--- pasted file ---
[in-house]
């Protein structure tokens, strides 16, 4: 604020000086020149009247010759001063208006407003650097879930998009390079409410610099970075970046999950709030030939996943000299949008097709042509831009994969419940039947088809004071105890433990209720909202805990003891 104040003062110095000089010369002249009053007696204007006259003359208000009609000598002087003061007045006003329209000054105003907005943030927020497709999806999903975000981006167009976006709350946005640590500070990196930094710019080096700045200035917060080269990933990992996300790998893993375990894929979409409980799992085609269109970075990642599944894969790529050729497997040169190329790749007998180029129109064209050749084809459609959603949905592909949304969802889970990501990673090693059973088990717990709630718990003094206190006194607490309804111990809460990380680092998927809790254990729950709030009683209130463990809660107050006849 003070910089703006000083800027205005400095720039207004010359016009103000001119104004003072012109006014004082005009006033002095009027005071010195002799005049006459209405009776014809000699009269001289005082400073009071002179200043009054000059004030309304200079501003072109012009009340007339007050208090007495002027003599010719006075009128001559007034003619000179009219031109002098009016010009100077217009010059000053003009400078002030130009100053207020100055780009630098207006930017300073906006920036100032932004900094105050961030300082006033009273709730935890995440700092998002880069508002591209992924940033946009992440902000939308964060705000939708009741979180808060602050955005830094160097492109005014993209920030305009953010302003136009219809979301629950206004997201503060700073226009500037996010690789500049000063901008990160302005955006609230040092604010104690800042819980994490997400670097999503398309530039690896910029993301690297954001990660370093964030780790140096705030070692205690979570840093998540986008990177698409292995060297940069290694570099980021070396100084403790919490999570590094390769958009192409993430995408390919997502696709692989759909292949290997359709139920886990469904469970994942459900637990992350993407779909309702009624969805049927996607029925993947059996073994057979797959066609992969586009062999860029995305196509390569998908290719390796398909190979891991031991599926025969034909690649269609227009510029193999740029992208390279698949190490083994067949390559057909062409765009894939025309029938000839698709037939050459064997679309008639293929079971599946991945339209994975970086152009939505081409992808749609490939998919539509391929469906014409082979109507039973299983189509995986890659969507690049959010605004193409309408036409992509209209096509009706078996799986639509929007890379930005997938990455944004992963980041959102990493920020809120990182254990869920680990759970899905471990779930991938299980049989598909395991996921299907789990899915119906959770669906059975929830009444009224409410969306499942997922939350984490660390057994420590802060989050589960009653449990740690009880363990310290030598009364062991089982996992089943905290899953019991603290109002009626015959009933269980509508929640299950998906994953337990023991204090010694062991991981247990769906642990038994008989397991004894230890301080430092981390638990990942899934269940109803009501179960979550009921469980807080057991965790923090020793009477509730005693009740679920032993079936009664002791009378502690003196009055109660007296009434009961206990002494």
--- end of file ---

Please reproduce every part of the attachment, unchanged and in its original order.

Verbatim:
[in-house]
């Protein structure tokens, strides 16, 4: 604020000086020149009247010759001063208006407003650097879930998009390079409410610099970075970046999950709030030939996943000299949008097709042509831009994969419940039947088809004071105890433990209720909202805990003891 104040003062110095000089010369002249009053007696204007006259003359208000009609000598002087003061007045006003329209000054105003907005943030927020497709999806999903975000981006167009976006709350946005640590500070990196930094710019080096700045200035917060080269990933990992996300790998893993375990894929979409409980799992085609269109970075990642599944894969790529050729497997040169190329790749007998180029129109064209050749084809459609959603949905592909949304969802889970990501990673090693059973088990717990709630718990003094206190006194607490309804111990809460990380680092998927809790254990729950709030009683209130463990809660107050006849 003070910089703006000083800027205005400095720039207004010359016009103000001119104004003072012109006014004082005009006033002095009027005071010195002799005049006459209405009776014809000699009269001289005082400073009071002179200043009054000059004030309304200079501003072109012009009340007339007050208090007495002027003599010719006075009128001559007034003619000179009219031109002098009016010009100077217009010059000053003009400078002030130009100053207020100055780009630098207006930017300073906006920036100032932004900094105050961030300082006033009273709730935890995440700092998002880069508002591209992924940033946009992440902000939308964060705000939708009741979180808060602050955005830094160097492109005014993209920030305009953010302003136009219809979301629950206004997201503060700073226009500037996010690789500049000063901008990160302005955006609230040092604010104690800042819980994490997400670097999503398309530039690896910029993301690297954001990660370093964030780790140096705030070692205690979570840093998540986008990177698409292995060297940069290694570099980021070396100084403790919490999570590094390769958009192409993430995408390919997502696709692989759909292949290997359709139920886990469904469970994942459900637990992350993407779909309702009624969805049927996607029925993947059996073994057979797959066609992969586009062999860029995305196509390569998908290719390796398909190979891991031991599926025969034909690649269609227009510029193999740029992208390279698949190490083994067949390559057909062409765009894939025309029938000839698709037939050459064997679309008639293929079971599946991945339209994975970086152009939505081409992808749609490939998919539509391929469906014409082979109507039973299983189509995986890659969507690049959010605004193409309408036409992509209209096509009706078996799986639509929007890379930005997938990455944004992963980041959102990493920020809120990182254990869920680990759970899905471990779930991938299980049989598909395991996921299907789990899915119906959770669906059975929830009444009224409410969306499942997922939350984490660390057994420590802060989050589960009653449990740690009880363990310290030598009364062991089982996992089943905290899953019991603290109002009626015959009933269980509508929640299950998906994953337990023991204090010694062991991981247990769906642990038994008989397991004894230890301080430092981390638990990942899934269940109803009501179960979550009921469980807080057991965790923090020793009477509730005693009740679920032993079936009664002791009378502690003196009055109660007296009434009961206990002494």